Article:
This overconfidence was fully on display during the 2007 home game with TCU and 2003 home game with Arkansas. Despite all the talk about TCU wanting "respect" and all the preseason hype over their potential BCS buster status, they were given little respect from the DKR crowd. In fact, as was even mentioned in the thread, they were given applause after the game for essentially putting up a good fight. While the crowd got a little feisty in the second half against TCU, this feistiness should have been there from the beginning, instead of simply waiting for UT to overwhelm their mid-major opponent. Similarly, Arkansas stormed into Texas in 2003 and, backed by their boisterous contingent of fans, took it to the ‘Horns. In both games, the crowd waited too far long in attempting to become a factor, as I can only assume the victory still remained a foregone conclusion to many fans.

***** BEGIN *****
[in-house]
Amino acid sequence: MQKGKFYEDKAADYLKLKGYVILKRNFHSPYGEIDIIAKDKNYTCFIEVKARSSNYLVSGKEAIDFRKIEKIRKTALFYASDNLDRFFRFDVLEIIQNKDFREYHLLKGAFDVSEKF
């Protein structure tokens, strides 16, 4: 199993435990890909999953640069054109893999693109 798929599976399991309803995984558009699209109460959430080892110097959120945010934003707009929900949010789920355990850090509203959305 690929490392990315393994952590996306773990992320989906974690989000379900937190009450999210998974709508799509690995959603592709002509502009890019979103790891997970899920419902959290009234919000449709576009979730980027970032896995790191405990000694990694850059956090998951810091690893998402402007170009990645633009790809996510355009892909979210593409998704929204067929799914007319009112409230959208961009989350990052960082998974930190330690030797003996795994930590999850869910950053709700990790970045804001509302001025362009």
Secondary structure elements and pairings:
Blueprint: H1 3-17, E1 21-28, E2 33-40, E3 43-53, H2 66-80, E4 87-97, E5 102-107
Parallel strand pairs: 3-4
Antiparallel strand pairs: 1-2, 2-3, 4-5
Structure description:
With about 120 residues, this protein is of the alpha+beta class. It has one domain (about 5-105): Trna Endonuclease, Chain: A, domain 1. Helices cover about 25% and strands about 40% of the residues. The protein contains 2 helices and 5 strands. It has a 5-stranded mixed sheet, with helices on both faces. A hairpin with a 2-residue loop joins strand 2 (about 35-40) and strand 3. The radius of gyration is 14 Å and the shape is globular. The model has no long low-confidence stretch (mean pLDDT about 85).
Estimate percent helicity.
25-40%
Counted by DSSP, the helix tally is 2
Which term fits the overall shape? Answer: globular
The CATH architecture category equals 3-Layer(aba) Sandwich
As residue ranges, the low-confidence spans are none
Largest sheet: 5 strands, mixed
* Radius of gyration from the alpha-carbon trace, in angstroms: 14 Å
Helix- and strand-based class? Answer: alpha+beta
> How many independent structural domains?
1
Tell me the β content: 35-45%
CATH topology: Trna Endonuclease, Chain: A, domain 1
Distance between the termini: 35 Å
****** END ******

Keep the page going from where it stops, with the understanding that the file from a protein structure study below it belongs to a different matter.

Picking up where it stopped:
This couldn’t be more apparent in comparing the two fanbases during the Ohio State home-and-home. In my experience, the Ohio State fans could talk about nothing BUT the game, and many students—including several females—provided analysis such as talking about how their defensive scheme would shut down the Zone Read. In the hour before the game, the Horseshoe was deafening and led me to believe we were in for quite a tussle. On the flip side, I received probably a dozen tailgating invitations before our Ohio State game and many students seemed unconcerned with our chances. Furthermore, many students arrived late to the game and the primary pre-game concern was taking pictures of Matthew McConaughey and Jake Gyllenhaal in their luxury box, instead of attempting to intimidate the Buckeyes. While I think the crowd was better than PB and Wiggo suggested, the overall experience really hammered home the depressing point that our fans weren’t an major factor in one of the biggest home games in UT history.